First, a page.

Zanzibar has long been a meeting place for the world and certainly a place where Arabia meets Africa. As one of the first to the islands of the Zanzibar archipelago, Hindus, Arabs and Persians came, doing it in the seventh century AD. They were mainly merchants doing business with the local Swahili coastal cities on the archipelago. Later, Indonesians, Malaysians and even Chinese buyers visited the area from afar to trade with Swahili Bantus. In 1498, the Portuguese explorer Vasco da Gama began trading with coastal cities from Europe. In 1698, Zanzibar became part of Oman’s overseas settlements. In the nineteenth century Zanzibar came under English rule to obtain independence. In December 1963, Zanzibar gained independence from Great Britain as a constitutional monarchy ruled by the sultan. However, this was very short. In early 1964, a bloody revolution broke out, which in effect led to the connection of the Tanganyika continent with the islands of Zanzibar. The 1964 revolution overthrew the Sultanate. Lots of Arabs were murdered, mutilated and imprisoned by paramilitary forces dominated by black Africans who felt deprived of civil rights and power.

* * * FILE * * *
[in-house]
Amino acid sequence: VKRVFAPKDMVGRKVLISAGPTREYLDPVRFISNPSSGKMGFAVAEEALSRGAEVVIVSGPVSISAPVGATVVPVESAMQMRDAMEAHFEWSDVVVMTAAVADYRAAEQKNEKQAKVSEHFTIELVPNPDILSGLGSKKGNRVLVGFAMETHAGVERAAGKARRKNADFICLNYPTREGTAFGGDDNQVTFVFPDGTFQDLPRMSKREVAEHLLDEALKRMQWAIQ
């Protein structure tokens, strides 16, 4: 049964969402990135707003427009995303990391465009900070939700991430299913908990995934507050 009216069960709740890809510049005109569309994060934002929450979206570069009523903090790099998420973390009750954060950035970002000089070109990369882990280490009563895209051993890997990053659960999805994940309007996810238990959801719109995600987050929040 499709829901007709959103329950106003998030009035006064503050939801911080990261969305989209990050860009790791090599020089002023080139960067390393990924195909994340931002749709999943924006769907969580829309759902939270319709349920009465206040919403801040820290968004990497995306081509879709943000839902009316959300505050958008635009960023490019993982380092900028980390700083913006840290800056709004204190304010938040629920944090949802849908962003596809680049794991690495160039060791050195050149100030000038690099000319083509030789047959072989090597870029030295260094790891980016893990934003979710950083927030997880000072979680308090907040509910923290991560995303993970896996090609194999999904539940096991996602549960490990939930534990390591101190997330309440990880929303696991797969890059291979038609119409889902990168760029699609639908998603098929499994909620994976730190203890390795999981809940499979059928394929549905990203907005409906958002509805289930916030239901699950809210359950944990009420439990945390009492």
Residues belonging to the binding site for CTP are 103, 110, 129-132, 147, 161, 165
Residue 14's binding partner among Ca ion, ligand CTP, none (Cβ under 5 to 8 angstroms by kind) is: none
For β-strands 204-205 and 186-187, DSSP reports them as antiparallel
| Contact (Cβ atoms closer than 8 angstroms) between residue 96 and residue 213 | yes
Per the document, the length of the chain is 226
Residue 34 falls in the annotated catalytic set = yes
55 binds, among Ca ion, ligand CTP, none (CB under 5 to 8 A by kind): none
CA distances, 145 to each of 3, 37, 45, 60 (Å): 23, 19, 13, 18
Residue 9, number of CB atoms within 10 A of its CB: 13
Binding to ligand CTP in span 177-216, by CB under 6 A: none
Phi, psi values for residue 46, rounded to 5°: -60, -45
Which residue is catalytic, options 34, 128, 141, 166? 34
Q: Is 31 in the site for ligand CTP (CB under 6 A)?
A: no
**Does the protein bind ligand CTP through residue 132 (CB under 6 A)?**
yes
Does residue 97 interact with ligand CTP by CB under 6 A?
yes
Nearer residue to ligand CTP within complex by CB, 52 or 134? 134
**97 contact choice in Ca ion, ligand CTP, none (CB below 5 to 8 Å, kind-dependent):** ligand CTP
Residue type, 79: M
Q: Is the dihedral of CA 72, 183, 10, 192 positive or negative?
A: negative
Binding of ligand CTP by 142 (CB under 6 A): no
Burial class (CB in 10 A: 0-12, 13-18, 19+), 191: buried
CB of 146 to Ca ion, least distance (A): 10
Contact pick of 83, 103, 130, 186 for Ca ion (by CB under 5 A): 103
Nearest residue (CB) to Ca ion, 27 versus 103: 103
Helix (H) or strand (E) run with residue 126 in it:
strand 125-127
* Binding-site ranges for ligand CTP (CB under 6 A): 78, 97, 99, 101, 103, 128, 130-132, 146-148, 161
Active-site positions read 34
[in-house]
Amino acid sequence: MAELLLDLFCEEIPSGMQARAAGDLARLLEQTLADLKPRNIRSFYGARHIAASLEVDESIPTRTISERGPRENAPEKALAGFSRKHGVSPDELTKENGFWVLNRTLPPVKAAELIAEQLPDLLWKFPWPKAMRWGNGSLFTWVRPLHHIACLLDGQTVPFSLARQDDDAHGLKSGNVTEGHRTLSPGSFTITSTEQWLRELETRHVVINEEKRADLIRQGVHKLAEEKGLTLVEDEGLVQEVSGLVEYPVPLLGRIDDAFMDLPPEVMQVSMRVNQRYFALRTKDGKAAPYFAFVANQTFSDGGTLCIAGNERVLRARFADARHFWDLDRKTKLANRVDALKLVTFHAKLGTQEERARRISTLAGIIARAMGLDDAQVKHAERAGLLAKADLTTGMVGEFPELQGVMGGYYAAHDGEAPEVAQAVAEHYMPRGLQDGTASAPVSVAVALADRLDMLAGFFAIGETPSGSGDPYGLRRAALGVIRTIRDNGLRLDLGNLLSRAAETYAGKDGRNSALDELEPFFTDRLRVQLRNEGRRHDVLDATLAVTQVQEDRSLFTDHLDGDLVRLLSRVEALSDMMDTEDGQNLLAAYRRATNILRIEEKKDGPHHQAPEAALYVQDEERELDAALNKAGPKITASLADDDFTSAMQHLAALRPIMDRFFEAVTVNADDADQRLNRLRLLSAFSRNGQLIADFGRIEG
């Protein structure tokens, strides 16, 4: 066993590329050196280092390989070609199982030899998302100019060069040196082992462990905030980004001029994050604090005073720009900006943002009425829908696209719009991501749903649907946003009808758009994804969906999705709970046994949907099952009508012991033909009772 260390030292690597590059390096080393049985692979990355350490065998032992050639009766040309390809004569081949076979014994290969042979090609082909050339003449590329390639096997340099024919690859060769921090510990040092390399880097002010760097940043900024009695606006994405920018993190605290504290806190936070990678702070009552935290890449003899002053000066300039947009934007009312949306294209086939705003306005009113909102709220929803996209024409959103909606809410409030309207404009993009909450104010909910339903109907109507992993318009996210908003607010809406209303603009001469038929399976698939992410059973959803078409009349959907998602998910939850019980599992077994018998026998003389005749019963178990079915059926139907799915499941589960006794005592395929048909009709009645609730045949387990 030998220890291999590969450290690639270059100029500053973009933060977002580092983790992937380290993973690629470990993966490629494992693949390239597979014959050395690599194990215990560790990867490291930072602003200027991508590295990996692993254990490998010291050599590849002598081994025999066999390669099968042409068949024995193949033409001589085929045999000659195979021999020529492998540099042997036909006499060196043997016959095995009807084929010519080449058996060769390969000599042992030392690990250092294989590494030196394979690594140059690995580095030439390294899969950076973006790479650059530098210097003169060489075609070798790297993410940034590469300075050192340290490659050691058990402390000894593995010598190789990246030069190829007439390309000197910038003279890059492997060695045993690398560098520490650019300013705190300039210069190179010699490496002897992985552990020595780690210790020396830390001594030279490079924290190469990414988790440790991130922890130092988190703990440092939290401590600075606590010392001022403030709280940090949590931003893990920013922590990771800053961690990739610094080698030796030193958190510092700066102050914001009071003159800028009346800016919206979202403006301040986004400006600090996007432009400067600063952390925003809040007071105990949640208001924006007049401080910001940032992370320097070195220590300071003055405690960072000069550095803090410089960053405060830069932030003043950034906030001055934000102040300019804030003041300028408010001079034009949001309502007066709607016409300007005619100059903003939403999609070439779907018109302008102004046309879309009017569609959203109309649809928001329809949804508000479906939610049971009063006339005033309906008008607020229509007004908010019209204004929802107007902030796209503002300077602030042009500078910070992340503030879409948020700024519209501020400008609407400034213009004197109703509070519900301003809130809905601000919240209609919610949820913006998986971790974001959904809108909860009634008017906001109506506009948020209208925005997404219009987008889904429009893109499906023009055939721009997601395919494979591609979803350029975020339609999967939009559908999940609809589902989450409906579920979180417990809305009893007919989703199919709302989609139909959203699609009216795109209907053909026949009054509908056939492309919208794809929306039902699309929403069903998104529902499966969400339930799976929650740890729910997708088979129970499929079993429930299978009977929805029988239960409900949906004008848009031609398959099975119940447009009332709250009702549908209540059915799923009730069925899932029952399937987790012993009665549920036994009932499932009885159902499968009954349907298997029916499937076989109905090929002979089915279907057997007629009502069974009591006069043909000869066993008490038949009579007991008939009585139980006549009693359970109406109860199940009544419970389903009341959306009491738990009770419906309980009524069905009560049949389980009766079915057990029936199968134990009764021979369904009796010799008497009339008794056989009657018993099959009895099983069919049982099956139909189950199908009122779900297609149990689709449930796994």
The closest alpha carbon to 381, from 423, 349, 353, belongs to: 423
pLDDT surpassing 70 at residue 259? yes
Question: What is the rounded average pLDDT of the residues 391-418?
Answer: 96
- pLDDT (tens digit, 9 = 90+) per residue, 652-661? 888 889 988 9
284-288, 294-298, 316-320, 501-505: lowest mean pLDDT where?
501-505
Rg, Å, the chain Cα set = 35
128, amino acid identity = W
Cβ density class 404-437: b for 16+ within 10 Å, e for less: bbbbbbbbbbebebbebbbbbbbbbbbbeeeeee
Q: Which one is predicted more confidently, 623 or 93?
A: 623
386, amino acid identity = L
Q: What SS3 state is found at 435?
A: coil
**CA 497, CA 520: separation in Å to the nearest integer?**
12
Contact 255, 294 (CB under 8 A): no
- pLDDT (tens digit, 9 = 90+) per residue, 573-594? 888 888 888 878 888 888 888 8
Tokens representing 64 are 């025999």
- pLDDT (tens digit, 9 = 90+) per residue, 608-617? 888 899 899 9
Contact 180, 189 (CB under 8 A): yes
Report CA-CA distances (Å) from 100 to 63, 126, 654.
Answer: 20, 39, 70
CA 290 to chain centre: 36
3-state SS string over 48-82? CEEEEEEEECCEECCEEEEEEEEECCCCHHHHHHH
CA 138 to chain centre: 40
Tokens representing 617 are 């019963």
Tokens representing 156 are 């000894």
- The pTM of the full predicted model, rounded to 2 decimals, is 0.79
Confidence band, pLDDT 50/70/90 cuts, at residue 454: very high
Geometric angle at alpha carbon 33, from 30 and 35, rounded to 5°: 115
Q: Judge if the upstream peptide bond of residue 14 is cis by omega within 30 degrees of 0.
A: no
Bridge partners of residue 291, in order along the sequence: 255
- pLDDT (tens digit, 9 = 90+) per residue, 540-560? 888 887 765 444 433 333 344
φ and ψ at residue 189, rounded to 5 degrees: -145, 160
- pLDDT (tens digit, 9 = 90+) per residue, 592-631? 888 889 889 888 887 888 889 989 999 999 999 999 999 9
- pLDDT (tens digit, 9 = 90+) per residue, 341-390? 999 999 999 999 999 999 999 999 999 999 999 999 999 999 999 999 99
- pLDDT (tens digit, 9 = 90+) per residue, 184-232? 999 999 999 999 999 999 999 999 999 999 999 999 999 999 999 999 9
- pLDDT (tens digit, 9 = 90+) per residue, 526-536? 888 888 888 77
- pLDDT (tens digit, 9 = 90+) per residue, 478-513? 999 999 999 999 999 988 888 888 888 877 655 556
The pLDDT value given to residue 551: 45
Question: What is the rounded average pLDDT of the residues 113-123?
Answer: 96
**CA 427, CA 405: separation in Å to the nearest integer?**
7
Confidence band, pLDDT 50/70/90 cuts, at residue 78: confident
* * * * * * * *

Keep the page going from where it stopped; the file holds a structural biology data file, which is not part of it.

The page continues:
There are various reasons for the revolution in Zanzibar, it is widely accepted that ethnic tensions played a role. Hundreds of years of coexistence with Arabs, South Asians and Africans have blurred ethnic differences, but during and after the revolution, ethnicity was politicized. Because of historical marginalization and racism, black Africans were generally poorer and lived in worse conditions. They were also unable to gain access to the same opportunities as their Arab or Indian counterparts. This inequality drove them to rebel against the people they considered oppressors.
Stone town. The ancient city – inscribed on the UNESCO cultural heritage list in 2000 – is like a maze. There are street names, but no one really uses them. Stone Town is small and safe, but you often get to your destination through the winding streets, using local directions will probably not lead you quickly to your destination. Maybe sometimes it’s just to get lost and find the details forgotten in guidebooks.
is a unique and fascinating Zanzibar hotel located in the heart of the Stown Town, surrounded by historic buildings in a prime seafront location in the prestigious Shangani district of Stonetown on the island of Zanzibar, and offers medium-sized rooms with 38 guest rooms and access to many historical and cultural attractions. This is one of the first hotels in Zanzibar. Restored in the nineteenth century, it served many purposes. The original building really was a great structure, and many original features have survived to this day, such as a range of antique furniture, furnishings and decorations from around the world, and among them the most noticeable is the magnificent stained glass window overlooking the bay, which is one of the main attractions of Stone Town .